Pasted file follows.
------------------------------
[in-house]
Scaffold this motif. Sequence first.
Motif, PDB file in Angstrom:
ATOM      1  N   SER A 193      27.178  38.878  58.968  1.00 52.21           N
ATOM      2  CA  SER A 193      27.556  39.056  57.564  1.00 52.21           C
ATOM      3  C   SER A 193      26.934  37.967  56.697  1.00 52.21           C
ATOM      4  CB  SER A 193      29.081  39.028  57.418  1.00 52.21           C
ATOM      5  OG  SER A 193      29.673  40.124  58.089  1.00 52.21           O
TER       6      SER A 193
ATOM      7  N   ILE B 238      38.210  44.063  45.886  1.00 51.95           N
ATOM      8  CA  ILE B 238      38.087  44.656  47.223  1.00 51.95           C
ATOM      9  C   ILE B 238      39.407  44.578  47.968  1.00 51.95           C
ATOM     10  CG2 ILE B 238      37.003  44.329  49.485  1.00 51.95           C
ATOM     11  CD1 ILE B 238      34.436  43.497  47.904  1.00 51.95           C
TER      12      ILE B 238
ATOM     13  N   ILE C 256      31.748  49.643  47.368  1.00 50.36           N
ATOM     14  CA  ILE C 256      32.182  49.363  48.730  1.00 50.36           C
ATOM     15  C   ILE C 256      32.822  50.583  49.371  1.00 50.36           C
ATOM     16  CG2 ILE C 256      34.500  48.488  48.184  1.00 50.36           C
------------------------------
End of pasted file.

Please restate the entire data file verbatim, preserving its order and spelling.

[in-house]
Scaffold this motif. Sequence first.
Motif, PDB file in Angstrom:
ATOM      1  N   SER A 193      27.178  38.878  58.968  1.00 52.21           N
ATOM      2  CA  SER A 193      27.556  39.056  57.564  1.00 52.21           C
ATOM      3  C   SER A 193      26.934  37.967  56.697  1.00 52.21           C
ATOM      4  CB  SER A 193      29.081  39.028  57.418  1.00 52.21           C
ATOM      5  OG  SER A 193      29.673  40.124  58.089  1.00 52.21           O
TER       6      SER A 193
ATOM      7  N   ILE B 238      38.210  44.063  45.886  1.00 51.95           N
ATOM      8  CA  ILE B 238      38.087  44.656  47.223  1.00 51.95           C
ATOM      9  C   ILE B 238      39.407  44.578  47.968  1.00 51.95           C
ATOM     10  CG2 ILE B 238      37.003  44.329  49.485  1.00 51.95           C
ATOM     11  CD1 ILE B 238      34.436  43.497  47.904  1.00 51.95           C
TER      12      ILE B 238
ATOM     13  N   ILE C 256      31.748  49.643  47.368  1.00 50.36           N
ATOM     14  CA  ILE C 256      32.182  49.363  48.730  1.00 50.36           C
ATOM     15  C   ILE C 256      32.822  50.583  49.371  1.00 50.36           C
ATOM     16  CG2 ILE C 256      34.500  48.488  48.184  1.00 50.36           C